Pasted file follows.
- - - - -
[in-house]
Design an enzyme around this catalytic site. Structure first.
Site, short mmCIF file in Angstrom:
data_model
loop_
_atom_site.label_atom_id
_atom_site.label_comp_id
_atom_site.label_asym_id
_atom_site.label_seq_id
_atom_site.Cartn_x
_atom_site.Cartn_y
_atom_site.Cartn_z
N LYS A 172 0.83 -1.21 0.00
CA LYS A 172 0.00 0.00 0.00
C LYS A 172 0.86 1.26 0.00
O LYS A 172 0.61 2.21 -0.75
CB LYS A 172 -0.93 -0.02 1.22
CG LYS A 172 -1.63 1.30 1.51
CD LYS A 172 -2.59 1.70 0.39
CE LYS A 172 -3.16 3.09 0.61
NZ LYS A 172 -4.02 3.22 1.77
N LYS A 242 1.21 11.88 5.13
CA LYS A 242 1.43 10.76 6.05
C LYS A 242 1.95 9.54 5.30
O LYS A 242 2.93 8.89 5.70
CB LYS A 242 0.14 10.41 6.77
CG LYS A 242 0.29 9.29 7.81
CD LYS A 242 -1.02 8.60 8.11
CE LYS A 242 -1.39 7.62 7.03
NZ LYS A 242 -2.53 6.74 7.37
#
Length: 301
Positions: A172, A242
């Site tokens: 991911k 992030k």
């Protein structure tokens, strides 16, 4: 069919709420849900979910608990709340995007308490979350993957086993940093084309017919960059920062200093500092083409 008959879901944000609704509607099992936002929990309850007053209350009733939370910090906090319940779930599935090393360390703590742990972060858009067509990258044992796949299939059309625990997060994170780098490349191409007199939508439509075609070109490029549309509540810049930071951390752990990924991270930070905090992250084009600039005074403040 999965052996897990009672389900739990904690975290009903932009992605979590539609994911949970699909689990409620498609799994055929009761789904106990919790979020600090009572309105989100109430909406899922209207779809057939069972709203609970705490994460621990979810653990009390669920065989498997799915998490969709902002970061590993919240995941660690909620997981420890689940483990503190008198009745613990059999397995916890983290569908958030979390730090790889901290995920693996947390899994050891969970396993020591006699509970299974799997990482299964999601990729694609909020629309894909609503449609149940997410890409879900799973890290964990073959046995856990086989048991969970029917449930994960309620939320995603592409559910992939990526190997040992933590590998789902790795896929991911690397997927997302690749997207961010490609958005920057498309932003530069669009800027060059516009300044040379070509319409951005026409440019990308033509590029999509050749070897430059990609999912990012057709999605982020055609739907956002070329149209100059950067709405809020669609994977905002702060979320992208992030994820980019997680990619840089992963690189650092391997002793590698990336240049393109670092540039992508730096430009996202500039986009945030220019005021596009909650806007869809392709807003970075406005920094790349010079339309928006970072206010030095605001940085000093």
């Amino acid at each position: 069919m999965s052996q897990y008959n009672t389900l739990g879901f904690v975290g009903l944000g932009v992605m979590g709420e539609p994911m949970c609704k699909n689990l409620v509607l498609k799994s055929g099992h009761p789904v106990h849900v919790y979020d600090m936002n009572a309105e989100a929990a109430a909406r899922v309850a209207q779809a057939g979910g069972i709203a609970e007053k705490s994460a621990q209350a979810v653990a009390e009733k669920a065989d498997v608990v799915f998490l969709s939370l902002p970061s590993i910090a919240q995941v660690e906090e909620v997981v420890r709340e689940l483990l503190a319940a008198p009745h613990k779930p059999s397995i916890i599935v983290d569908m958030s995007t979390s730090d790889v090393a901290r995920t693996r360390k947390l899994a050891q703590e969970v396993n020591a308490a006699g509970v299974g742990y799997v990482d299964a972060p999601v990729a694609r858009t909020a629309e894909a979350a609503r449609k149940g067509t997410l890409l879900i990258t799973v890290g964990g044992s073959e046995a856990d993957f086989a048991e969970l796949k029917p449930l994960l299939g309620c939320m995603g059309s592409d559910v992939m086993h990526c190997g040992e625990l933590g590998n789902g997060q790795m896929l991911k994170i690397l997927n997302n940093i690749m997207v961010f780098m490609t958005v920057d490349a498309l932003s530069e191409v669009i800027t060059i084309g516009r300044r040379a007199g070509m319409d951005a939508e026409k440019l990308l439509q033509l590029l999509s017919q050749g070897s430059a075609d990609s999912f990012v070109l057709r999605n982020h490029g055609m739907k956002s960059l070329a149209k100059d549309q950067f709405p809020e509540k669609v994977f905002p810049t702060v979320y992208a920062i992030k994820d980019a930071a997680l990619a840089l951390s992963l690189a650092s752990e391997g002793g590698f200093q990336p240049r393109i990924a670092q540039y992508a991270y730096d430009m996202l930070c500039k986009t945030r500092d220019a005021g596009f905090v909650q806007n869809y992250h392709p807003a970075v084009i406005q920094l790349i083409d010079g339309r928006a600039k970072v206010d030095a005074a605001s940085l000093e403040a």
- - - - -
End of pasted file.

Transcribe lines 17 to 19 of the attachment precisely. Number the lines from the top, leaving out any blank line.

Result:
CB LYS A 172 -0.93 -0.02 1.22
CG LYS A 172 -1.63 1.30 1.51
CD LYS A 172 -2.59 1.70 0.39